• deann-r

      Member
      March 29, 2024 at 10:35 am

      Yeah, it’s definitely only something you can do as a special treat. Unfortunately the options are pretty limited for food delivery services in my area. Hopefully it will grow in demand and become more popular. Is there a specific one in your area you gravitate to?

      • alyssa-silva

        Member
        April 3, 2024 at 1:20 pm

        We only have DoorDash and Uber Eats in my area as far as I know. I stick to DoorDash mainly because they don’t have trouble finding my house. I don’t live in a secluded area, but my house isn’t on many navigational systems. It’s so strange. My address is number 7, but people deliver things to 70 all the time. 🤷🏻‍♀️

  • eric-ovelgone

    Member
    April 2, 2024 at 3:03 pm

    I have felt like we, the disabled community, has been going backwards at least since 1999. To be fair, the disabled community made huge leaps and bounds through the 80s and 90s…but since then, I feel like the whole world has gone backwards. In the 90s, the mall was a great place where someone with a disability could go, feel free to roam, meet people, shop, eat, all in a wheelchair friendly environment. People would actually “hang-out”, talk and meet in person with others including people with disabilities. I remember hanging out with friends being introduced to friends of friends whom at first felt uncomfortable never being around someone with a disability and becoming friends by the end of the evening. Could do everything in one place. Yes, transportation was a problem but buses began adding accessible lines. Now…I feel trapped at home. People, no longer seeing and meeting people with disabilities in person have become downright hostile. All you have to do is read a message board on any news article about someone with a disability and it will really make one wonder what happened. Covid I think made people even more hostile as healthy individuals were suddenly being asked to mask to protect vulnerable communities like the disabled. Everyone is more isolated surrounded by like-minded people of similar abilities and beliefs. Slowly disability access is being repackaged as optional special access. Not sure of a solution .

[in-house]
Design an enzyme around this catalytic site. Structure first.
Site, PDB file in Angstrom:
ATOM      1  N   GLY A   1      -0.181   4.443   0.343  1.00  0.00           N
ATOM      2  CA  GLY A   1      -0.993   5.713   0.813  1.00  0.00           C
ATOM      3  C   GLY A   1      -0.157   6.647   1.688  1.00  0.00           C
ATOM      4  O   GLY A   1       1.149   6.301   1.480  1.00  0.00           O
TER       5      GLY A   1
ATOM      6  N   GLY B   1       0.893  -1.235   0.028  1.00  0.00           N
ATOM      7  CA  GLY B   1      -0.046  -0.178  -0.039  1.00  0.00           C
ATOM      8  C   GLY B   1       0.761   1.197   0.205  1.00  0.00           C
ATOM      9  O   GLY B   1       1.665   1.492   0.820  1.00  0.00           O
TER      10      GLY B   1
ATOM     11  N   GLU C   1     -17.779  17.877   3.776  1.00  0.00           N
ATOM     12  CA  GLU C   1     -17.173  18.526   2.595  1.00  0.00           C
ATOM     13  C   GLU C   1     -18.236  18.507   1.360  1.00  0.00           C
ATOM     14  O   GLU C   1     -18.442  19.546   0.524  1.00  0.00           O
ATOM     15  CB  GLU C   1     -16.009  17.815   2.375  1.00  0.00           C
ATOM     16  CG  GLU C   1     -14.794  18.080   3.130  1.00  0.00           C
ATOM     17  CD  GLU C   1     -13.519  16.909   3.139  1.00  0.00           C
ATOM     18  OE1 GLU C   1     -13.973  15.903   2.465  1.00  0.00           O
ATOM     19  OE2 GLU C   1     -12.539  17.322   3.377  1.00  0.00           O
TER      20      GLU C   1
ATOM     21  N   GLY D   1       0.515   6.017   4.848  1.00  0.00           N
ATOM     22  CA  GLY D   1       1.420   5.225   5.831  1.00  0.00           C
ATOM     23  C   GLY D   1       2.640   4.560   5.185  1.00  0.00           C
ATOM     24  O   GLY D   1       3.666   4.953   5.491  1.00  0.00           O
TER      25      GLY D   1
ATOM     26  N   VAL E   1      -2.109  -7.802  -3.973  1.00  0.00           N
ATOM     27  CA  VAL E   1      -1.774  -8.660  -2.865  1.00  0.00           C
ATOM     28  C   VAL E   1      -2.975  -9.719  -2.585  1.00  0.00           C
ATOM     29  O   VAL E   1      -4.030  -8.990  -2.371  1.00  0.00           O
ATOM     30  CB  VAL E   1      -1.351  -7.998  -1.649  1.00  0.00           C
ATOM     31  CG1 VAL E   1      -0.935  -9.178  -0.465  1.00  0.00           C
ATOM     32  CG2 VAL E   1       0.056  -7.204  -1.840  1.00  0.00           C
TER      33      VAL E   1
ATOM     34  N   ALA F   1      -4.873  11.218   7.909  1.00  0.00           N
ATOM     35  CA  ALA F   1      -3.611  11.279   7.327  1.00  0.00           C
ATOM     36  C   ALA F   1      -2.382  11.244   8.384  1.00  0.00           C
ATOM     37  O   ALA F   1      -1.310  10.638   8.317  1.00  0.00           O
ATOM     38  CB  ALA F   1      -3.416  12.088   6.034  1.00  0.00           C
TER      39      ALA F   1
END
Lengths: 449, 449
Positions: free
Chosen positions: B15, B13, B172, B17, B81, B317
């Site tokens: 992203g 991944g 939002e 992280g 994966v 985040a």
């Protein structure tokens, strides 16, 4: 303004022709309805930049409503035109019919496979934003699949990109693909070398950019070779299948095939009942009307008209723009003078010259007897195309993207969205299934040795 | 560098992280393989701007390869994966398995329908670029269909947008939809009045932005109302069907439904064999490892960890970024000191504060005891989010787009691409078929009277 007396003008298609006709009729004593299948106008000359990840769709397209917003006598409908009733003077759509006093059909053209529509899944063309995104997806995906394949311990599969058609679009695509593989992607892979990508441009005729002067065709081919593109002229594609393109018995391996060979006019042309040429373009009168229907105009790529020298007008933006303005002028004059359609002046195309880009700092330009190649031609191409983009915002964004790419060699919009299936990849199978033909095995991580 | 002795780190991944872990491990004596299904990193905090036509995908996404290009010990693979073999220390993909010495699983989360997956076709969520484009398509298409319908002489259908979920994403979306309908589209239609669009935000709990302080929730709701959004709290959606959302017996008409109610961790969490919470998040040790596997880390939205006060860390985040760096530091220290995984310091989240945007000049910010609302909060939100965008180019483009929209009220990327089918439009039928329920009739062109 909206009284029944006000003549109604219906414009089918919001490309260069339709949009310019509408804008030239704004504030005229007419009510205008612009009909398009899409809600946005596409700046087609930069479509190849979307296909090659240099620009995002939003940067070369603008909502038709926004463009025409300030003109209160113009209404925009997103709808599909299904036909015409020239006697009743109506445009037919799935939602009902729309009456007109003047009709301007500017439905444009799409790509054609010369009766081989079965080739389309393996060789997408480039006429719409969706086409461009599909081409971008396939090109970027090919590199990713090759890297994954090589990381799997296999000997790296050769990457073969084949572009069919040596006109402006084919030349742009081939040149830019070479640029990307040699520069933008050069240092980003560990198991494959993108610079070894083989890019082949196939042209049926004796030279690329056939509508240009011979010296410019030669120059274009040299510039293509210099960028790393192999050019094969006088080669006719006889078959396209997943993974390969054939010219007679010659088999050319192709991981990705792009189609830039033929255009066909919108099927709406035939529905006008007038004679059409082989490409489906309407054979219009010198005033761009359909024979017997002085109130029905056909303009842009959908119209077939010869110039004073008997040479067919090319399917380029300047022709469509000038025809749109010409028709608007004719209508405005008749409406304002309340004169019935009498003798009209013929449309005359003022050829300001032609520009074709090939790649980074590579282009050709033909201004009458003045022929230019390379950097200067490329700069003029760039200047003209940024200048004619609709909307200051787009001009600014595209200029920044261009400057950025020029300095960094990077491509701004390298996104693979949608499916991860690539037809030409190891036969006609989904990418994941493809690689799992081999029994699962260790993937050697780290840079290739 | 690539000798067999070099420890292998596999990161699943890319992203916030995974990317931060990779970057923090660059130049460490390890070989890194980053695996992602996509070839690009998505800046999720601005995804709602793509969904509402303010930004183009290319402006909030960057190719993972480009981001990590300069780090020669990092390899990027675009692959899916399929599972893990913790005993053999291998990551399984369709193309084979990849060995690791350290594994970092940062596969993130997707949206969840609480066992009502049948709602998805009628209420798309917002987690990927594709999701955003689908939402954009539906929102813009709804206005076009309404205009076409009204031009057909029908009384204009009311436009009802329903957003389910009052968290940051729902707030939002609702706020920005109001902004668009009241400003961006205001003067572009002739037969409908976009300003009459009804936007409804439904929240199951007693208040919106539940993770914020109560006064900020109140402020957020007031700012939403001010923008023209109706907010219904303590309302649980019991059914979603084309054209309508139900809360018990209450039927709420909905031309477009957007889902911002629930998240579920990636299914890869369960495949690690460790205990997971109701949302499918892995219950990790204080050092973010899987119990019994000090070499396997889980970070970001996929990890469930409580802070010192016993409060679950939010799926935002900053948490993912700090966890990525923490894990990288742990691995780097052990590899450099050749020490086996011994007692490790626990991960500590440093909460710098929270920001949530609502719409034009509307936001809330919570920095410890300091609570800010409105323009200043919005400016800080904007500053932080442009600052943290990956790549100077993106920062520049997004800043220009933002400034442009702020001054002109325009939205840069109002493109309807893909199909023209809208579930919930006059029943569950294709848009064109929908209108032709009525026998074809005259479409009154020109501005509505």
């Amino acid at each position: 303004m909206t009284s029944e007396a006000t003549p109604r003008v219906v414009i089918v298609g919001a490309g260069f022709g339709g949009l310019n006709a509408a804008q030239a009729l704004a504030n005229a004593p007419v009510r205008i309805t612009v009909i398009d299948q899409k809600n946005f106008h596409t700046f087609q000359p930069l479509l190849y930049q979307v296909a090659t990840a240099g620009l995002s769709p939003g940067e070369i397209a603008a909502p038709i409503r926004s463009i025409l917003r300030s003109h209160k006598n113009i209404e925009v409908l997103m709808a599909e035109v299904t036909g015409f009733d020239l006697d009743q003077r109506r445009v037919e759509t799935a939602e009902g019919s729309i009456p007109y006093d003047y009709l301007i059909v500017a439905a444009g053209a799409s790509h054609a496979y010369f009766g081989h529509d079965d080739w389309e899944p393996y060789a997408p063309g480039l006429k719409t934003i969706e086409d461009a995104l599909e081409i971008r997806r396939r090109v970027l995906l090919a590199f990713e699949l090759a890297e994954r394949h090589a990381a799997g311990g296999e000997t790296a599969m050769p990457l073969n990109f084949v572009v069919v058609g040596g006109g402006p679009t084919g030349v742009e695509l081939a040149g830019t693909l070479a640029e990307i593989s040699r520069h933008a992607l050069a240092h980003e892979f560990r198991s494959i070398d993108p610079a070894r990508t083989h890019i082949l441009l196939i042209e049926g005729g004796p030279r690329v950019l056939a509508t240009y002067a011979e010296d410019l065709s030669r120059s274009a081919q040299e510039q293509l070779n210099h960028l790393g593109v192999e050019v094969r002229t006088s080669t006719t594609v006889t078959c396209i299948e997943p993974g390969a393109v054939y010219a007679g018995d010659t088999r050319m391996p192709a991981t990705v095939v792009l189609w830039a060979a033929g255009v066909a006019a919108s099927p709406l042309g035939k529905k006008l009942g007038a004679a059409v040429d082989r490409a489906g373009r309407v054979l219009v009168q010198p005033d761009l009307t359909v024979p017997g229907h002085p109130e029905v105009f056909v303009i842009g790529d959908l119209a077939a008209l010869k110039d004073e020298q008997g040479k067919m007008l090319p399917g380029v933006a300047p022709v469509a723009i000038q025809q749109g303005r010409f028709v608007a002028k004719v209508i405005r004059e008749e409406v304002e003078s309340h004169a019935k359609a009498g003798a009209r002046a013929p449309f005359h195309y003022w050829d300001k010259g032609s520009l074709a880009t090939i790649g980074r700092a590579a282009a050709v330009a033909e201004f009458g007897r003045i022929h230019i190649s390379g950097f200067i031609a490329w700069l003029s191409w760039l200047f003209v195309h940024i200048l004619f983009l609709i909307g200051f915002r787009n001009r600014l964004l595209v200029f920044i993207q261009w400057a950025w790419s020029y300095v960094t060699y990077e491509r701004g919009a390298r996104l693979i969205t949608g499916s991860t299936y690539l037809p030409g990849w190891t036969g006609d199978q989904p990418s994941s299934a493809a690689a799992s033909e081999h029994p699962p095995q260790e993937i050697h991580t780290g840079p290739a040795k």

• mike-huddleston

      Member
      April 4, 2024 at 3:43 pm

      Please explain what you mean by, “disability access is being repackaged as optional special access”? I have no idea what this means and would like to understand. And only part of the reason masks were required were to protect the elderly and those with compromised immune systems. If that was viewed as protecting everyone with a disability, well, there’s no cure for stupid. That was quickly determined to not be a very effective mechanism to stop the spread, but rather protected the wearer more than anything else. Again, a pandemic where no roadmap existed, so caution, perhaps sometimes taken too far, was taken. Malls going away are just the way things have been trending over the last 20 years or so. It has absolutely nothing to do with taking away an accessible space for the disability community. Again, being a victim is not a pretty way to go through life.